Summer is also a great time to meet up with friends outside, drink some Spritzer or a beer by the Donau and enjoy yourself.

And we should definitely keep doing that, but if you are having trouble sleeping, it might be a good idea to consume less alcohol, as it can significantly worsen the quality of your sleep.

In a similar way, it’s better to eat lighter and more often, especially before sleep. Eating a fresh salad before going to bed also means you don’t need to warm up any food, which adds unnecessary heat to your home.

Vienna bar alcohol drink

Summer is a perfect time to enjoy Vienna’s outdoor areas (Photo by Wiktor Karkocha on Unsplash)

Try to keep yourself and your bedroom cool

The ideal temperature for sleeping is between 18C and 20C, which may seem next to impossible when the mercury is approaching 40C.

However, there are many ways to keep your home cooler during a heatwave. One of the main things you can do is invest in external blinds instead of curtains. In Austria, you might need the permission of a landlord to drill outside a building facade.

READ ALSO: How to keep your apartment cool in Austria this summer amid rising energy prices

Certain areas of Austria even have funding programs for people who want to install external roller shutters. For example, tenants and owners in Vienna can apply for funding of up to 50 percent of “reasonable costs” to a maximum of € 1,500 per housing unit. You can find out more about the Vienna funding program here.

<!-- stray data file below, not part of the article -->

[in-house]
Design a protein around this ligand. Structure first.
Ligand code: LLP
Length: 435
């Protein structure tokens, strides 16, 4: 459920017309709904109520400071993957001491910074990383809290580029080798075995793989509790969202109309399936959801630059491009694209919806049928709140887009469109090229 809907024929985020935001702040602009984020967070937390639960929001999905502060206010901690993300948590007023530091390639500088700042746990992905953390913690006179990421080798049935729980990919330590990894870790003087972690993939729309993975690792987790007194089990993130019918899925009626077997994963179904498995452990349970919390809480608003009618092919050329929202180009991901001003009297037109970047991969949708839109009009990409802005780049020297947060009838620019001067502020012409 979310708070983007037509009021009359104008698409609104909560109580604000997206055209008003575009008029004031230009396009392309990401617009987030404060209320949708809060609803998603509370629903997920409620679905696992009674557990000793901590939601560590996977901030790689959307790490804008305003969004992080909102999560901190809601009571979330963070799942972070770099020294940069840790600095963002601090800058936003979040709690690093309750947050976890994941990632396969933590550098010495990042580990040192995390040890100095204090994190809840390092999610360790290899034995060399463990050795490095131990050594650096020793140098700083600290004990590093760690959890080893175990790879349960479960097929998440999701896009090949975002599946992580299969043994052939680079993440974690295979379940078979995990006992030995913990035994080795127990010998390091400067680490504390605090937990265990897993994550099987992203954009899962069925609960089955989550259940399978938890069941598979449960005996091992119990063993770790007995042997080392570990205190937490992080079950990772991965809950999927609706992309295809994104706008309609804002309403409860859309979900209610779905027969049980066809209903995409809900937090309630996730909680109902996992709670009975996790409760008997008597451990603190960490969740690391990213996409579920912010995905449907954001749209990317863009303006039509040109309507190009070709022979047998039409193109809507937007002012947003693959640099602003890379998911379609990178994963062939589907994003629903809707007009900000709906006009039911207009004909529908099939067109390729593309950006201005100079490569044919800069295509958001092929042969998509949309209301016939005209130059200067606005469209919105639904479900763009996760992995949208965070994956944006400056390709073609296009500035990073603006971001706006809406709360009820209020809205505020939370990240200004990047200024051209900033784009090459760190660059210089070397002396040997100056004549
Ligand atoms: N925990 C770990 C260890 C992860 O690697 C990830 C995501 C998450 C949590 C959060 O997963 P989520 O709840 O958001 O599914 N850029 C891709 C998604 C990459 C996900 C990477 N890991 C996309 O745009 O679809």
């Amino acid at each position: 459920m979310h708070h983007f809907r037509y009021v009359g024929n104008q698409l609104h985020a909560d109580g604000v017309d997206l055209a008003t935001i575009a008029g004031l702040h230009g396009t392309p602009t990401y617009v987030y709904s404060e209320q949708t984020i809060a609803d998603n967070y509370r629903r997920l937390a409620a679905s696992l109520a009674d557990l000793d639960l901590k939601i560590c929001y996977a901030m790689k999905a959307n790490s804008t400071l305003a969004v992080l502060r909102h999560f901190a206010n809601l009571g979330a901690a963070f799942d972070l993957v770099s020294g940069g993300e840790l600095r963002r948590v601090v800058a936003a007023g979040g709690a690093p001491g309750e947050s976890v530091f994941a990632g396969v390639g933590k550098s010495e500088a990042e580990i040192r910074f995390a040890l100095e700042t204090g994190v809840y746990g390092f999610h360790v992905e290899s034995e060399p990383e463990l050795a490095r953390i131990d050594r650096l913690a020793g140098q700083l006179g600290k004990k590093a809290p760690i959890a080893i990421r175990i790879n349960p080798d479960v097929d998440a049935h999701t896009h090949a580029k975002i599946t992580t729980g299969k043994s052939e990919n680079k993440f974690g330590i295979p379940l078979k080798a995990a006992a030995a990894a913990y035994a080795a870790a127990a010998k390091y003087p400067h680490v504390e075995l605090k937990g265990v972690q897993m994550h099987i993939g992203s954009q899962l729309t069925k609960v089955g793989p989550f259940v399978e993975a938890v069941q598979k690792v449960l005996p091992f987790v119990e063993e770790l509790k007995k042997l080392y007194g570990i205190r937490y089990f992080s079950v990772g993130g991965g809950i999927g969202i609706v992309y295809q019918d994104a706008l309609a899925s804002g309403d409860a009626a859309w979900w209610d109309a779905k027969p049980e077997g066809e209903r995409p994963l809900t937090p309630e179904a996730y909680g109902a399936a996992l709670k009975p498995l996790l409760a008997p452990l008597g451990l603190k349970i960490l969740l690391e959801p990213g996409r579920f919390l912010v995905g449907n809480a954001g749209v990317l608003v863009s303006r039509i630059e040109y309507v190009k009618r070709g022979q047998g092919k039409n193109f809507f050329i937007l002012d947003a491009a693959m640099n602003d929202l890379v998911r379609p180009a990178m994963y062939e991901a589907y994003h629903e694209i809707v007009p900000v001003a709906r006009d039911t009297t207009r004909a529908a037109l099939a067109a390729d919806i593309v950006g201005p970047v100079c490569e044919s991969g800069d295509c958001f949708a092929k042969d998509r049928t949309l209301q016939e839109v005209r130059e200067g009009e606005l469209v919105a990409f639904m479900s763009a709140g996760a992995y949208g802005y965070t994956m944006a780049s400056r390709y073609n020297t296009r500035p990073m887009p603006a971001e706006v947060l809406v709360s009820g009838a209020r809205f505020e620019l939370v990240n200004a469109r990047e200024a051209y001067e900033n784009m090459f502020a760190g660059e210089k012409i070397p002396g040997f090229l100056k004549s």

Use water to your advantage

Besides drinking loads of water (which you should be doing, especially during a heatwave), evaporation also cools down the environment. So, you can use a damp cloth to cool your neck if the night is too hot, for example.

Additionally, a wet towel positioned in front of a fan can help during those sweltering nights. Some fans even have compartments where you can store ice or iced water and they will either spray the chilled water occasionally or use it to cool the air a bit.

READ ALSO: Everything you need to know about Austria’s world-class drinking water

Some people swear by the habit of bringing a bucket of cold or iced water and just leaving it near your bed to feel the chill even while you are asleep.

You can also shower before going to bed, but be aware that a lukewarm shower is better than a super cold one (which will awaken all your senses and make falling asleep harder).

None of it, of course, compares to an actual air conditioning unit, but they can help. A split AC unit (those with indoor and outdoor compartments) consumes less energy and is overall more practical, but since it involves drilling a building facade, its installation requires the permission of the property owner.